The carbon actinometer instrument comprises four thin carbon films and an AD590 temperature sensor, all mounted on an alumina substrate the dimensions of which are 17 mm x 36 mm x 0.635 mm. Incorporated onto the substrate is a low power heater element that is being used to stabilize the film temperature since carbon exhibits a temperature dependent erosion rate.
QCM (Quartz Crystal Microbalance) experiment: The objective is to measure the contamination levels and the atomic oxygen flux in the vicinity of the Space Station. The sensors are modified versions of commercially available miniature crystal oscillators. The quartz crystal is exposed to the space environment through a round hole in the housing directly above the crystal, and the oscillation frequency changes in relation to the changing mass and temperature of the crystal.
To measure the contamination flux, a bare crystal is used, and the oscillation frequency decreases as contamination is deposited on the surface of the crystal and the mass of the crystal increases. To measure the atomic oxygen flux, a carbon coated crystal is used, and the oscillation frequency increases as the atomic oxygen erodes away the carbon layer and the mass of the crystal decreases. For both of these techniques, the relationship between the mass of the crystal and the oscillation frequency can depend on the temperature of the crystal. Hence, a separate non-coated crystal cut in the "Y-direction" is also used to independently monitor the crystal temperature, so that the mass data can be corrected for temperature dependent effects.
The three types of sensors flown on board MEDET are:
- Type 1: 10 MHz Crystal with Au electrode for contamination deposition measurements. The sensitivity is 4.4 x 10-9 g cm-2 Hz-1.
- Type 2: 10 MHz Crystal with C-coating, to measure atomic oxygen. The sensitivity is 2.46 x 1015 O-atoms cm-2 Hz-1.
- Type 3: 11 MHz Crystal with Au electrode, for temperature measurements. The sensitivity is 600 Hz/K. The output of this type of crystal is being used to correct for temperature variations in Type 1 and Type 2.
Figure 28: Illustration of the QCM experiment (image credit: ESA)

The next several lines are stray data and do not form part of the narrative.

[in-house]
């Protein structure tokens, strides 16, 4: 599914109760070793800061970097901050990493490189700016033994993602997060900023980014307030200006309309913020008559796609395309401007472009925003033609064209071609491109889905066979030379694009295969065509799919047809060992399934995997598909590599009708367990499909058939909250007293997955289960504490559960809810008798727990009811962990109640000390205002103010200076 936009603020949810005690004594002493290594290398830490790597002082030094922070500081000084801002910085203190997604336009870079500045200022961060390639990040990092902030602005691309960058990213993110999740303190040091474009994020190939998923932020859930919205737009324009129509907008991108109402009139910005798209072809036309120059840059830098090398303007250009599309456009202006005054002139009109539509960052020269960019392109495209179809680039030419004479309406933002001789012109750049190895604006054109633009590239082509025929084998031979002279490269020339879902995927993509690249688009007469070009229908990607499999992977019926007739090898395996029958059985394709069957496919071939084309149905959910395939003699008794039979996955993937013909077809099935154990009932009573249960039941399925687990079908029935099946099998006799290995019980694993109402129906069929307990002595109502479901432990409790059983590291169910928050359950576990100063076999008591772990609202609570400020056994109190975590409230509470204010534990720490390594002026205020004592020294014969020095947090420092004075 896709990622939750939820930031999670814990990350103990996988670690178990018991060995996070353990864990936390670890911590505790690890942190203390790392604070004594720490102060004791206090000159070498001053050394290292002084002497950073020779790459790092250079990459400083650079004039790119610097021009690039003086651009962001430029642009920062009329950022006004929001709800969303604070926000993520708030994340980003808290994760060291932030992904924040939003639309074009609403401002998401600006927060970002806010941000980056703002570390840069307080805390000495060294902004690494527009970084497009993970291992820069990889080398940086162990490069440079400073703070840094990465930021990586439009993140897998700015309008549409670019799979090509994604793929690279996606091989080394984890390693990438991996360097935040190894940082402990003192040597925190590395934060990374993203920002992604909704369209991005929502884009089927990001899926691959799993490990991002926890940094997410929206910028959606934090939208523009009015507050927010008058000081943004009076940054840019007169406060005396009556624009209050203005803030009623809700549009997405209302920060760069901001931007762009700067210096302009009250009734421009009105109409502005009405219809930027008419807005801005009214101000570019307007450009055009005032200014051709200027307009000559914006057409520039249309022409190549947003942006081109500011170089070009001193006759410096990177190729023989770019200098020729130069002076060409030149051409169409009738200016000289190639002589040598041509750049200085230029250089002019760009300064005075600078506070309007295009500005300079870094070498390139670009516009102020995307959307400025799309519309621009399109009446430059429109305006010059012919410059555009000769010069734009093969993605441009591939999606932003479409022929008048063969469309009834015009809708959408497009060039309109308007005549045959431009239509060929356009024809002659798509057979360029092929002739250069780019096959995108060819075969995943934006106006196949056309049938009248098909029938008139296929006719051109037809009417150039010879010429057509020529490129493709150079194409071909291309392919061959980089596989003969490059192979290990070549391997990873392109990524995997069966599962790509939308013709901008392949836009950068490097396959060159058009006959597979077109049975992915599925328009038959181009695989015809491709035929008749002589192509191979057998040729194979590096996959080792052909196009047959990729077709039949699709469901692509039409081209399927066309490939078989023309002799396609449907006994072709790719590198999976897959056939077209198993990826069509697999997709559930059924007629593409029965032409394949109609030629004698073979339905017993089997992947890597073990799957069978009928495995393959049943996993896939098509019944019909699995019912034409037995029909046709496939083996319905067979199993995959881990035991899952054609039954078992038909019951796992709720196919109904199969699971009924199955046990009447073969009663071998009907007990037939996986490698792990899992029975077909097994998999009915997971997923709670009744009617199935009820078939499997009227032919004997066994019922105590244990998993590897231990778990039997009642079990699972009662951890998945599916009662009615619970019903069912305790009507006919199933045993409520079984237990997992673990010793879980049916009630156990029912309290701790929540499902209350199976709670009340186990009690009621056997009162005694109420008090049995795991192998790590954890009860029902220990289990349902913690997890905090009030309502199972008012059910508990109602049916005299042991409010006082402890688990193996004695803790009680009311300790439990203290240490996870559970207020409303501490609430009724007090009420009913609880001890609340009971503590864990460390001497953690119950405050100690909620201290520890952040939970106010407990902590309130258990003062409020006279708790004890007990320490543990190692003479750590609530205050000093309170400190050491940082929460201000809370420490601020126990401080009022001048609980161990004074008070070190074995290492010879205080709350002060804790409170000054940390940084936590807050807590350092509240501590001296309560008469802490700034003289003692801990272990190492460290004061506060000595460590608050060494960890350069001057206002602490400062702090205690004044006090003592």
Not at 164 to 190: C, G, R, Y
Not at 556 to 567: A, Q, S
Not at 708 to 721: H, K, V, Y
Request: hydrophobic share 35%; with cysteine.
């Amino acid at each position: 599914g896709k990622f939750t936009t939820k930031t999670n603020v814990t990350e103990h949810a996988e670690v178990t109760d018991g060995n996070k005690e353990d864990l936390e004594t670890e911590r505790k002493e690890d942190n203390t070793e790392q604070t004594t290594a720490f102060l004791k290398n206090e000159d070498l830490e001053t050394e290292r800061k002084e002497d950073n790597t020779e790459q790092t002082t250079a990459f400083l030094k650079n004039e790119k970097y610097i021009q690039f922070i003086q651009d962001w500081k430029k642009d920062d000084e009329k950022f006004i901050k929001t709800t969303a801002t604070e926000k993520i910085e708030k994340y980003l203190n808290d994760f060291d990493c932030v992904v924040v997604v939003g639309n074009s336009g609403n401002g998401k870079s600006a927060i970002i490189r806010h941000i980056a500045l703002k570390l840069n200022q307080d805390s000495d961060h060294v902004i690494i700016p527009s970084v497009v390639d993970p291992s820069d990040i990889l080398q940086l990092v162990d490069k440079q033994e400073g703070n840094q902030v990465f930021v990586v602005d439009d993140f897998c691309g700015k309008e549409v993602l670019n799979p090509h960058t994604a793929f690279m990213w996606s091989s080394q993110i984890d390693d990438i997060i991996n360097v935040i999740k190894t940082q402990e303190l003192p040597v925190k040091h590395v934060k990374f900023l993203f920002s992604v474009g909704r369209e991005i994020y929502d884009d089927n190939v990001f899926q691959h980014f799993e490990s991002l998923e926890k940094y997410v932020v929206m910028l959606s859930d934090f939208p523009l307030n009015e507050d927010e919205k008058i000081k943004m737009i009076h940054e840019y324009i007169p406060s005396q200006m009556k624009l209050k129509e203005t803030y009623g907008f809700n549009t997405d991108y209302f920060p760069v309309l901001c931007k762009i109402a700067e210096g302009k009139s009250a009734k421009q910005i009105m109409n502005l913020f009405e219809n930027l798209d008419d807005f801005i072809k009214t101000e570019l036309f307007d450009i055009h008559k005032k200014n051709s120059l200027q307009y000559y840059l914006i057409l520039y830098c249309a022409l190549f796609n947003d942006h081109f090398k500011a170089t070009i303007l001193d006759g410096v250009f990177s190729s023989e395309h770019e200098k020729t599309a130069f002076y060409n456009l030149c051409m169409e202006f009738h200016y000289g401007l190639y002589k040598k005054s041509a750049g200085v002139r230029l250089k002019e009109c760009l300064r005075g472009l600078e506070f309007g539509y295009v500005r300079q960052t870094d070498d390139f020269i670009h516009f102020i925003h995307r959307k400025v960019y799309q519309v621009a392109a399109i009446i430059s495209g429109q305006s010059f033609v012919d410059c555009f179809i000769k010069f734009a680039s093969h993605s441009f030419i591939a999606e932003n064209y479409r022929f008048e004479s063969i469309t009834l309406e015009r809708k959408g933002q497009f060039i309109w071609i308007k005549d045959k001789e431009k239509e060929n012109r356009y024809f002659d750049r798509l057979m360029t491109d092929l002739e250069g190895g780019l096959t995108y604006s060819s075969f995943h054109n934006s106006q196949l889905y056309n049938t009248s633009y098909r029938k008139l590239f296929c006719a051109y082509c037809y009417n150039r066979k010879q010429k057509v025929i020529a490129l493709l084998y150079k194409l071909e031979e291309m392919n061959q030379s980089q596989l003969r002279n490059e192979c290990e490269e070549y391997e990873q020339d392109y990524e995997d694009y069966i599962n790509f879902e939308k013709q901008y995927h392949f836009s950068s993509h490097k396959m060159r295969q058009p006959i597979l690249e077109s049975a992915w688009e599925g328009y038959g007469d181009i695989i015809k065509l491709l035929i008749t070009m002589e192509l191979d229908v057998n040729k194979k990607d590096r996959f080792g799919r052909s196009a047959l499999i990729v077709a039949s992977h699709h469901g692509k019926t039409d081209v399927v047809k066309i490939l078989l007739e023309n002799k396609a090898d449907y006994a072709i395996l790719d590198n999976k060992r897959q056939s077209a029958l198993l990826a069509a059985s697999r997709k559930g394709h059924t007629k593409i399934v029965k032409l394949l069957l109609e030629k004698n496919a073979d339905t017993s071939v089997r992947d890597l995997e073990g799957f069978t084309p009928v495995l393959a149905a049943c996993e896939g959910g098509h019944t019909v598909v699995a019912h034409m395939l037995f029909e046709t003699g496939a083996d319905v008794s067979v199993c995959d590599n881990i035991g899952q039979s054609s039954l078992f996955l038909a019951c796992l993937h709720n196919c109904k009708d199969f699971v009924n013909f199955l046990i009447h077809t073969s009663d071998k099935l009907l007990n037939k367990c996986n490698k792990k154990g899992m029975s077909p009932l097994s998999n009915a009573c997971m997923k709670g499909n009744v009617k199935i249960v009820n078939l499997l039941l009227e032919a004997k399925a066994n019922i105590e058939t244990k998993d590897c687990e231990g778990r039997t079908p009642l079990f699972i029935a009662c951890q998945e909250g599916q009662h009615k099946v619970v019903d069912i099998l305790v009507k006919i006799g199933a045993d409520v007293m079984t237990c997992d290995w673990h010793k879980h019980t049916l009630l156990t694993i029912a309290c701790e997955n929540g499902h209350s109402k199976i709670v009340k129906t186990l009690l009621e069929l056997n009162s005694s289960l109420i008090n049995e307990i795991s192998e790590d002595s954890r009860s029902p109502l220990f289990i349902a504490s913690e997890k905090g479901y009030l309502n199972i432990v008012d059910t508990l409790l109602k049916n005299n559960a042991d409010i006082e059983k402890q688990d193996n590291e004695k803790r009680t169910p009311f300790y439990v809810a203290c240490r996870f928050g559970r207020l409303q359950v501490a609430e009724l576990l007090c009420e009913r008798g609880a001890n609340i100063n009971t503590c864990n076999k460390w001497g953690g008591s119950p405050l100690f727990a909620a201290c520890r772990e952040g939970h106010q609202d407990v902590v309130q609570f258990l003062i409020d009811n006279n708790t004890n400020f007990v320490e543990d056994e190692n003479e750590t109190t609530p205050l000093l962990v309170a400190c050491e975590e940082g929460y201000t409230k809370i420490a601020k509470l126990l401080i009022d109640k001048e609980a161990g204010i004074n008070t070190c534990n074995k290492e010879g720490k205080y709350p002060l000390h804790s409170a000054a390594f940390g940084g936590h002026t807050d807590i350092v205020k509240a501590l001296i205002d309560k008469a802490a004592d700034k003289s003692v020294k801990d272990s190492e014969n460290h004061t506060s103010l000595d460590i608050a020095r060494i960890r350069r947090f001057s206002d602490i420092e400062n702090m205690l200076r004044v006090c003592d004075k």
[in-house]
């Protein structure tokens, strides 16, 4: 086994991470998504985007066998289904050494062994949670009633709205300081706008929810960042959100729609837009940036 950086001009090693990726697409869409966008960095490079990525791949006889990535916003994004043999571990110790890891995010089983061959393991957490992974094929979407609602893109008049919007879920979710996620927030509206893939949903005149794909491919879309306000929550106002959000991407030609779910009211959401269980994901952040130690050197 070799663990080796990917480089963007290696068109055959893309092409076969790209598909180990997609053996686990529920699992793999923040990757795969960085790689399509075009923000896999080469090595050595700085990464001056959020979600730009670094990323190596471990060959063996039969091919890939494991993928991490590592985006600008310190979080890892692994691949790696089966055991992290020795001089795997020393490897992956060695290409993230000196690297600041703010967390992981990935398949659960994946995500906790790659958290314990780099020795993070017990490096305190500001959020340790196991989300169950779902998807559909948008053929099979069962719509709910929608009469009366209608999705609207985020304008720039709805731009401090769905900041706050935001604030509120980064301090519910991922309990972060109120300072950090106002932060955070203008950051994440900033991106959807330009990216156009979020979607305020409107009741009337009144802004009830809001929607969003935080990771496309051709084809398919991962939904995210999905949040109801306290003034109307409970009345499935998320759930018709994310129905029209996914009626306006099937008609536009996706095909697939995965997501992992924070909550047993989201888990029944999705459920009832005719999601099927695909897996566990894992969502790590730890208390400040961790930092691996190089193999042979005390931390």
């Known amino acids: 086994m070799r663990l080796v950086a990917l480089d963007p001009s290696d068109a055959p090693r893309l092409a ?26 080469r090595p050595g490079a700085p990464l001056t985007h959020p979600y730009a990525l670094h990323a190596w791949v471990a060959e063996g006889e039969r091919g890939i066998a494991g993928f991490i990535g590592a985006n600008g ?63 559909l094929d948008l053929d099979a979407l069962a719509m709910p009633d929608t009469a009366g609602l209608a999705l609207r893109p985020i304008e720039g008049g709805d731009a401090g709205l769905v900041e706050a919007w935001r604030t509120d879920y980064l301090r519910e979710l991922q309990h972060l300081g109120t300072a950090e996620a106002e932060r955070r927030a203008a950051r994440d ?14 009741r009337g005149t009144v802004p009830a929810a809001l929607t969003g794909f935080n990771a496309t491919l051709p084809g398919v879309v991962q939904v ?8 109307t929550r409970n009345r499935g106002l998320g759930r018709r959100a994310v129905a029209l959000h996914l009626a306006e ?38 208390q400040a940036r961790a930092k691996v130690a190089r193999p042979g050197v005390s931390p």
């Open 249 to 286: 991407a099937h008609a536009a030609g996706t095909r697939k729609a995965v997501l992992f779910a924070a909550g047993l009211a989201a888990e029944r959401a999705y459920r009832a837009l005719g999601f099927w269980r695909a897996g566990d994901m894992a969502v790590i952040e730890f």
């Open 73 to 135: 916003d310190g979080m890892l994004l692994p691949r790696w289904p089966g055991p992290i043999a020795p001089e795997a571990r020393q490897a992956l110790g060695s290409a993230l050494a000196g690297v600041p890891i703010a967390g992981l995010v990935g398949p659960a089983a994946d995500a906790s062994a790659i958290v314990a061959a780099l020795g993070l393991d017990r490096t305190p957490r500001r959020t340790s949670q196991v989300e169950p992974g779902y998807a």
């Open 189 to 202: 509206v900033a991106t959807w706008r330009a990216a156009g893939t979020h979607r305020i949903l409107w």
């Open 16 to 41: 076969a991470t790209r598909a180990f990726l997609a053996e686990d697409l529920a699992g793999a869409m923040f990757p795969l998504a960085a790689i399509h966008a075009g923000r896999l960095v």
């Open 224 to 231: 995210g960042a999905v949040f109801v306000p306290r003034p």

Pressure gage: The objective is to monitor the local pressure. An adapted commercial cold cathode type pressure gage is being used to measure the local pressure. The characteristics of the instrument are:
- Pressure measurement range : 10-2 to 10-9 mbar
- Power consumption : 2 W
- Signal output : 0-10 V with 2 mV resolution.
Figure 29: Photo of MEDET showing the ram face (image credit: ESA)
PLEGPAY (Plasma Electrical Grounding Payload):
The goal of PLEGPAY is to validate the plasma contactor as an active device on the ISS for the prevention/control of electrostatic charging phenomena on large space structures orbiting at low Earth orbit.
The scientific objective of PLEGPAY experiment is the study of the spacecraft/space environment interactions in LEO, with reference to electrostatic charging/discharging phenomena. The spacecraft community is very interested to understand the mechanisms for electrostatic charge accumulation, which often produce uncontrollable discharge events, thereby adversely affecting the functioning of spacecraft electronic systems. Among the existing active methods to mitigate charging effects, the hollow cathode plasma contactor (an electric propulsion spin-off technology) has proved itself to be the most effective technology. A hollow cathode plasma contactor, as applied in PLEGPAY, and used to control the spacecraft charging in order to safeguard the spacecraft operation, could, in the near future, become a standard facility at disposal of the commercial and scientific satellites and space station/infrastructures. 41)
The PLEGPAY instrument was developed at Thales Alenia Space, under ASI contract.
Figure 30: Photo of the PLEGPAY instrument (image credit: ESA)
Identification of the PLEGPAY catastrophic hazard: 42)
EuTEF was intended to be operated continuously (24 hours a day, 7 days a week) for the 1.5 year period onboard the ISS, however things turned out differently. In July 2008, after several months of nominal EuTEF operations, the Boeing Space Environments Team announced that an unusual ISS floating potential was detected on July 17, 2008 by the FPMU (Floating Potential Measurement Unit). The FP (Floating Potential) is the difference in electrical potential between the ISS conducting structure and the surrounding ionospheric plasma.